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Lake Tahoe Home Loans and Lake Tahoe Mortgage Loan Rates-October 10, 2013

Lake Tahoe Home Loans, Lake Tahoe Mortgage Loans, Lake Tahoe Home Loan Rates, Lake Tahoe Mortgage Rates, and Lake Tahoe Mortgage Loan Rates:

Thursday’s bond market has opened in negative territory with stocks showing early strength. The major stock indexes are posting strong gains this morning with the Dow up 181 points and the Nasdaq up 56 points. The bond market is currently down 15/32, which will likely push this morning’s mortgage rates higher by approximately .250 of a discount point.

There was economic data posted this morning and it appeared to show results that were extremely favorable to the bond market and mortgage rates. Last week’s unemployment figures were released at 8:30 AM ET this morning, revealing a sizable jump in new claims for unemployment benefits. They showed that 374,000 initial claims for benefits were filed last week, up from 308,000 of the previous week. The headline number was great news for mortgage rates, but closer review gave other indications. Apparently a very large portion of that increase is being attributed to corrections in one state’s reporting that was having difficulties the past several weeks. Also, approximately a quarter of the increase is related to the government shutdown that is skewing the numbers. After the one-time or temporary influences are excluded, we are left with a modest increase in new claims that isn’t worthy of a significant reaction in the markets.

What is driving this morning’s stock strength and bond weakness is news out of Washington D.C. that hints at progress in the debt ceiling / default issue. There are reports that Republicans are considering a short-term increase in the debt ceiling to prevent a potential default on our debt October 17th. It is unclear whether that proposal includes strings or conditions that would pass the Democrat-controlled Senate and make its way to the White House for signature. But it is at least a sign of some progress in one of the two critical issues that Congress is dealing with right now. Simply the glimmer of hope has the stock markets pricing in a resolution in the immediate future. And that has drawn funds away from bonds and pushed this morning’s mortgage rates higher.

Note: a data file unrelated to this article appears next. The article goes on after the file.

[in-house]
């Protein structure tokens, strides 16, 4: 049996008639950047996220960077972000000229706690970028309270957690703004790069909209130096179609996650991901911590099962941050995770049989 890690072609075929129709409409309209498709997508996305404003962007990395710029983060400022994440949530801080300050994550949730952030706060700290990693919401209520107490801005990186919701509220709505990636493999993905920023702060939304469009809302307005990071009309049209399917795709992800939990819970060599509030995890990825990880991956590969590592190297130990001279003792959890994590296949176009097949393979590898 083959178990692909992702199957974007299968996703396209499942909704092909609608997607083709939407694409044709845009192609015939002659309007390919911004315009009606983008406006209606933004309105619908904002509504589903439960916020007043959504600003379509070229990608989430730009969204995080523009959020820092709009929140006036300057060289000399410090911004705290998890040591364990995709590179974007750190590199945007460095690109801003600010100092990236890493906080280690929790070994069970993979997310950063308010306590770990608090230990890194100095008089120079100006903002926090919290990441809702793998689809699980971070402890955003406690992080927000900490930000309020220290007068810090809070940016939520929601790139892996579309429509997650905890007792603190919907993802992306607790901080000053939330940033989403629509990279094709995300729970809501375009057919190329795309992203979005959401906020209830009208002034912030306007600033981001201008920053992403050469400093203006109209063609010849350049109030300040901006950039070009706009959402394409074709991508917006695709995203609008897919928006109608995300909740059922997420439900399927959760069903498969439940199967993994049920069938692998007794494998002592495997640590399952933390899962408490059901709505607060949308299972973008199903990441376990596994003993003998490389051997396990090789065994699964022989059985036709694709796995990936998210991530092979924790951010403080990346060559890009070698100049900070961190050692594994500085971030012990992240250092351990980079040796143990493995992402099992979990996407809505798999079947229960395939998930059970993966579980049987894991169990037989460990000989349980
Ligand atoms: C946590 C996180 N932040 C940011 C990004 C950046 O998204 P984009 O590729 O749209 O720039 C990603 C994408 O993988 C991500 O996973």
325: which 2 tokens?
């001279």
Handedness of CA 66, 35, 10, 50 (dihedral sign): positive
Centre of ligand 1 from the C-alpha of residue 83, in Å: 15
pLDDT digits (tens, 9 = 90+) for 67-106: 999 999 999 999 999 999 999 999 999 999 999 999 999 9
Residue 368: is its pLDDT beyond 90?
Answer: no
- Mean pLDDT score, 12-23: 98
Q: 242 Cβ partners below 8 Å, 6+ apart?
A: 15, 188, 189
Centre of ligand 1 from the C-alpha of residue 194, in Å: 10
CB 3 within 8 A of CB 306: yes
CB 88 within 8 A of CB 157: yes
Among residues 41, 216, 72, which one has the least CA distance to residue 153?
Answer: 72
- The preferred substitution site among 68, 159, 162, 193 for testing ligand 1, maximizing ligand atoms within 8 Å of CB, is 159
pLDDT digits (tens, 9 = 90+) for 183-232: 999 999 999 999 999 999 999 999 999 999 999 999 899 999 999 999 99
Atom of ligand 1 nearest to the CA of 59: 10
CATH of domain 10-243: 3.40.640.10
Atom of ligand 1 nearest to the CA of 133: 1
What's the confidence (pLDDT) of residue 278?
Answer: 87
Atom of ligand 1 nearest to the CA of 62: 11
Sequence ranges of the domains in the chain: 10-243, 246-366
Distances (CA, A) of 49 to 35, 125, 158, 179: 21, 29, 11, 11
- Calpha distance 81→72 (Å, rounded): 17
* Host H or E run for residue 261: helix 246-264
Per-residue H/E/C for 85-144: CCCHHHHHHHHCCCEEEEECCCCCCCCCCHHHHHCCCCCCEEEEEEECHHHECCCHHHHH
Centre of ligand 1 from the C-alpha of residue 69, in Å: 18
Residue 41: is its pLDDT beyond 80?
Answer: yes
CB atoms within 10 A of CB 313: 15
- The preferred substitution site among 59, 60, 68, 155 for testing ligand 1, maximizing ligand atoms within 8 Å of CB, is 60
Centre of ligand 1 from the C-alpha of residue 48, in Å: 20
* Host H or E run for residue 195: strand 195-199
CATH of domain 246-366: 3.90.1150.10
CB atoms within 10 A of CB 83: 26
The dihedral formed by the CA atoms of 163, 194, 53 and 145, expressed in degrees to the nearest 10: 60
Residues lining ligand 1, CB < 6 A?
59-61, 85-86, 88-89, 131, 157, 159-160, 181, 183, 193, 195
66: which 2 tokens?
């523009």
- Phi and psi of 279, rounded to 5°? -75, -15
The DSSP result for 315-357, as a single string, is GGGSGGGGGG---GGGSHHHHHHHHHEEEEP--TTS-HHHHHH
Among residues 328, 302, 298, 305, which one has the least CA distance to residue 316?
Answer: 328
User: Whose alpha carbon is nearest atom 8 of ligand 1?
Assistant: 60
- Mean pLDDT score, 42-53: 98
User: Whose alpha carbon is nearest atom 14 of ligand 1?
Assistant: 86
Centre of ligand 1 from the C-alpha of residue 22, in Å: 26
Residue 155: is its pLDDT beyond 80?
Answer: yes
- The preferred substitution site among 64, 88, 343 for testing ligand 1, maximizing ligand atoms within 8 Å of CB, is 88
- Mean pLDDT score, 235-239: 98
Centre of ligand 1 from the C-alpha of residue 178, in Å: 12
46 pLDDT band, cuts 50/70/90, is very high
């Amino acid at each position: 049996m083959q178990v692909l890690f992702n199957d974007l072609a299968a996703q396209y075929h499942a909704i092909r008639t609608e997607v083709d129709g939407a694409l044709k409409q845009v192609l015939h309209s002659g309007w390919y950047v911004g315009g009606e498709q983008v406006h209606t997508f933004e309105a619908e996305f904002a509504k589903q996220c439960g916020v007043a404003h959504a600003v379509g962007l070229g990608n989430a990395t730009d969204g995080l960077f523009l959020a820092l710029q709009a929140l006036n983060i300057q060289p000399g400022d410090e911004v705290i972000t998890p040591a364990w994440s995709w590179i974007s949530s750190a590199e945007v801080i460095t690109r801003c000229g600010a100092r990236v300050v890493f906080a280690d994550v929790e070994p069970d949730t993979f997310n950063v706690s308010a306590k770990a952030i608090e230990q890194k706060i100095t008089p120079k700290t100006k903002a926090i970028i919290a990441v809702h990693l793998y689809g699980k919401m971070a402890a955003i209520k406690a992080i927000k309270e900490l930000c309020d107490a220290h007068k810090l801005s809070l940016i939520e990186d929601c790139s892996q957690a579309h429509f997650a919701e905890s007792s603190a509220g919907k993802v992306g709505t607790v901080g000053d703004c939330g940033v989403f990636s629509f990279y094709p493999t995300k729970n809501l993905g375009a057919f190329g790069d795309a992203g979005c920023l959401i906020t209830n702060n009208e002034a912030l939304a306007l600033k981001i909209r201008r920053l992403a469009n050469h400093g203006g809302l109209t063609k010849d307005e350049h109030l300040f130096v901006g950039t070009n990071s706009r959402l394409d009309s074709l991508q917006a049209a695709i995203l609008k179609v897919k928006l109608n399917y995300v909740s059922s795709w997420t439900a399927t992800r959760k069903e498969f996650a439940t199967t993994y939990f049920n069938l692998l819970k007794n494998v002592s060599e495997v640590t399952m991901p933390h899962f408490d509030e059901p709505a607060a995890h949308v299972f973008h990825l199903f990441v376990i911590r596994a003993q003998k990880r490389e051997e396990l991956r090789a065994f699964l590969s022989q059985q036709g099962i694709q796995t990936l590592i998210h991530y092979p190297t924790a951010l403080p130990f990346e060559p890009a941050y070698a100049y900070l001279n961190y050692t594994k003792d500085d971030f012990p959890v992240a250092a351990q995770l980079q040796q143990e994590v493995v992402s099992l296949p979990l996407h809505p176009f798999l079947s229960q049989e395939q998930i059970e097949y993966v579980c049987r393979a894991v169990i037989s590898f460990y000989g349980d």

We also have today’s 30-year Bond auction to be aware of. Yesterday’s 10-year Note sale actually went better than I was expecting it to. By no means was it a strong auction though. For the most part, the indicators we use to gauge investor interest in the securities gave us mixed results with some showing average or slightly above results and others showing weaker levels of demand. Still, it wasn’t that bad and helps us to remain a little optimistic about today’s 30-year Bond auction. If investor demand was strong, we should see afternoon strength in the broader bond market and possibly a slight improvement to mortgage pricing. On the other hand, a clear weak level of interest could lead to more weakness in bonds and mortgage rates. Results will be posted at 1:00 PM ET, so any reaction will come during early afternoon trading.


Also posted yesterday afternoon was the minutes from the most recent FOMC meeting. They didn’t give us any significant surprises, but did show some interesting or informative tidbits. One was that only one voting FOMC member felt that the economy was strong enough to begin tapering while all others felt more strength was needed before making such a move. Another was the fact there was discussion of tapering only purchases in government securities and continue to buy mortgage-related purchases at the current pace. That was rumored to be a possibility and would likely soften the blow to mortgage rates when the Fed does make a move if they decide on this path. Overall though, there were no major revelations in the minutes.

The week closes tomorrow with another piece of relevant economic data actually being released. October’s preliminary reading to the University of Michigan’s Index of Consumer Sentiment is set to be posted just before 10:00 AM ET tomorrow. This index measures consumer willingness to spend and usually has a moderate impact on the financial markets. Since economic releases have been severely limited due to the government shutdown, this report will probably draw more attention than usual. Rising consumer confidence indicates consumers feel better about their own financial and employment situations, meaning they are more apt to make a large purchase in the near future. Because consumer spending makes up over two-thirds of the U.S. economy, any related data is watched closely. Good news for the bond market would be a sizable decline in consumer confidence. It is expected to show a reading of 74.5, down from September’s final reading of 77.5.